You are on page 1of 2

Christopher Nicklin


Mozart’s twenty-ninth symphony takes a lot from his contemporaries and

emulates them while keeping his own voice within the music. The first thing to be noted

within this movement is the speed of the movement, which is allegro moderato. As was

customary at the time movements usually when fast-slow-fast like the church sonatas and

four movement pieces when fast, slow, dance, and fast again. His opening is no different.

He starts of with a moderately fast tempo. The second thing to be noted is that the strings

did most of the work and there was very few other instruments in symphonies, in this

case oboe and horns. This also mirrored Johann Stamitz’s instrumentation, a composer

Mozart frequently emulated. As was typical of the time horns could not play

chromatically yet so they did not have a big role and other woodwinds where not

standardized yet so it was hard to make them sound uniform.

There were many other things that Mozart tended to take from his contemporaries

and as I noted earlier before Johann Stamitz was the most notable. One of the biggest

things is the use of dynamics. As the transition from theme one to theme two enters there

is a constant rising tension. There is a crescendo just because of the instrumentation is

getting bigger. As the transition ends the dynamics go all the way back to a piano or a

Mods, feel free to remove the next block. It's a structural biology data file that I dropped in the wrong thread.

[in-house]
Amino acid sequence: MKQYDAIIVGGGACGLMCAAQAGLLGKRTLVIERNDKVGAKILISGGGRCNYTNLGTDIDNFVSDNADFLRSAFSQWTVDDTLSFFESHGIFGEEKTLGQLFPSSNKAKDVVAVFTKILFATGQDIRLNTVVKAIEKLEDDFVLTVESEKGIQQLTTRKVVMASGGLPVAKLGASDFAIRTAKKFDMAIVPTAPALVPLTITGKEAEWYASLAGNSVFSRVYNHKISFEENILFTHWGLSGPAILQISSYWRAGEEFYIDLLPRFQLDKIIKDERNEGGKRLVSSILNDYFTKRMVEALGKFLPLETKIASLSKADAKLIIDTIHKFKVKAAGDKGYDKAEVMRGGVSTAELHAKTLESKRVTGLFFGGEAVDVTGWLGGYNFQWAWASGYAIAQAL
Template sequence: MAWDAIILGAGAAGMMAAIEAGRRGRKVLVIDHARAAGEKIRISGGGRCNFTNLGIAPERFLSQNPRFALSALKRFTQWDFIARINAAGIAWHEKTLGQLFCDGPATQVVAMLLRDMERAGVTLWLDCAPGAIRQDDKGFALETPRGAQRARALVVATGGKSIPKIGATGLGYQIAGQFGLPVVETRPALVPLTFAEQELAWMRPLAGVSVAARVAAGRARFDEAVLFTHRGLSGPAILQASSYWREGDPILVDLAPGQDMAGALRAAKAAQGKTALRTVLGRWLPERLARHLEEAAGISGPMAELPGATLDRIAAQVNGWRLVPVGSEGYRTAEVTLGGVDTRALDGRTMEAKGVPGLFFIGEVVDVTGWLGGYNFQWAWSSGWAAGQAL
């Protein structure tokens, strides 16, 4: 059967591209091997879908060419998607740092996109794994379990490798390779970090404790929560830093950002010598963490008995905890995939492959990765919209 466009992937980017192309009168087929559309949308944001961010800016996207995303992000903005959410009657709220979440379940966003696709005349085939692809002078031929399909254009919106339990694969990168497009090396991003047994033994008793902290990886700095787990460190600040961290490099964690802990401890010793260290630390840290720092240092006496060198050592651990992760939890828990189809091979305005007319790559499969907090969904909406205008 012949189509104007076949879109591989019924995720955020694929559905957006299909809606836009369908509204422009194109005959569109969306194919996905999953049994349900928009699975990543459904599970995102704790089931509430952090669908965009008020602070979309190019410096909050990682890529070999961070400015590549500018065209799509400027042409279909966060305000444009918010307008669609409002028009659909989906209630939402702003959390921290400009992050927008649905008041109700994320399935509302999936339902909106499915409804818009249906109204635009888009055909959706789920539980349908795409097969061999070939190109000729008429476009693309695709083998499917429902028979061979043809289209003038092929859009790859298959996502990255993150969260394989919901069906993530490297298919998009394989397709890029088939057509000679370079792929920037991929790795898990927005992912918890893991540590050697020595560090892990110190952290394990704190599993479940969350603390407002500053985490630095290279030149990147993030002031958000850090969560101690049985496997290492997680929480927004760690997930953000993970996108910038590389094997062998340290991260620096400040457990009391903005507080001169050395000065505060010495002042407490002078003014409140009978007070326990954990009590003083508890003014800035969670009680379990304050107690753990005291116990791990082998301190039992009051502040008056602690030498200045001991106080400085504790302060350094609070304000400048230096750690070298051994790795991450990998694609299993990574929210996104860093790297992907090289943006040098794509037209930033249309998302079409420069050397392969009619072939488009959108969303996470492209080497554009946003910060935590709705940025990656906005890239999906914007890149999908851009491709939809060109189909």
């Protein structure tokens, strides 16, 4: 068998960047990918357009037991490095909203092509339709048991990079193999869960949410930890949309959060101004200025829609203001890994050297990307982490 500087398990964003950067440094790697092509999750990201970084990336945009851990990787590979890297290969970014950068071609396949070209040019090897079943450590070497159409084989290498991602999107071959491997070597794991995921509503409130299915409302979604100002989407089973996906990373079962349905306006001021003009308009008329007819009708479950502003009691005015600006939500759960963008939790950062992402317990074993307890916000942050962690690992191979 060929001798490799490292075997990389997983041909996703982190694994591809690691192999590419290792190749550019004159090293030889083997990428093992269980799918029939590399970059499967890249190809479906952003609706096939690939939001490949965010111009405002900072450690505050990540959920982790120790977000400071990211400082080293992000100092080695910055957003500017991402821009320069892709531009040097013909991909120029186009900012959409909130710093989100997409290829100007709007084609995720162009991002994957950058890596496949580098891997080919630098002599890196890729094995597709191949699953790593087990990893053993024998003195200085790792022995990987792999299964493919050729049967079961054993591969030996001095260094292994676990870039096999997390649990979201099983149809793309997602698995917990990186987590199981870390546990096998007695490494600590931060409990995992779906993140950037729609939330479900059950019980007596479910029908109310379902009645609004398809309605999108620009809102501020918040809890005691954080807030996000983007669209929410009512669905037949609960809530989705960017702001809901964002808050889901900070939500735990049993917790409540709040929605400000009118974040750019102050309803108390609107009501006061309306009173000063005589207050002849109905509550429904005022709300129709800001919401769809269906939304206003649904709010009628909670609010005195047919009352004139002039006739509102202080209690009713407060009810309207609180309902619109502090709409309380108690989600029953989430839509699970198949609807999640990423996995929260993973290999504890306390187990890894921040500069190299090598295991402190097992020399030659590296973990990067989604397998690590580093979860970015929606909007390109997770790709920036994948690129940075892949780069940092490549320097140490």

messo-piano sound. Mozart was characterizing Stamitz with this. As the second theme

comes in it is in the relative dominant and it is strikingly different from the first theme in

character. It is more lyrical by nature. People like Stamitz pioneered this type of idea of

using two contrasting themes. Mozart took this idea directly from him. This idea of using

contrasting themes became one of the main ideas of the people of the classical era of the
time, which is to showcase many different emotions or moods within the sonata form.

The reason this was so significant is because in the baroque era one emotion was

typically featured within a piece.

One thing to really note about this Mozart symphony is his synthesis of

styles by other people within his sonatas. Mozart frequently emulates people like J.C

Bach. For example he used a lot of the galant style especially in this piece, this was a trait

very typical of J.C. Bach. He also took from Johann Schobert some of the ideas of

tremolo for strings. Everywhere he went he took something from that place and

integrated it into the form of his pieces. His symphonies followed the design described by

Henrich Koch and people like Scarlatti. For example the exposition is repeated and goes

from tonic to dominant within the exposition. Then in the development it is allowed to go

anywhere but tonic. As was typical with other composers of the time Mozart goes to

closely related keys like the sub-dominant key or the relative minor, which he goes to

both in this movement. Then in the recapitulation he stays in the tonic key the entire time.

Finally he ends with a coda, that was optional at the time.

Like his contemporaries he follows all the rules of the time. The thing that

separates him from the rest is the fact that he is able to synthesize all these different styles

in order to make a memorable composition.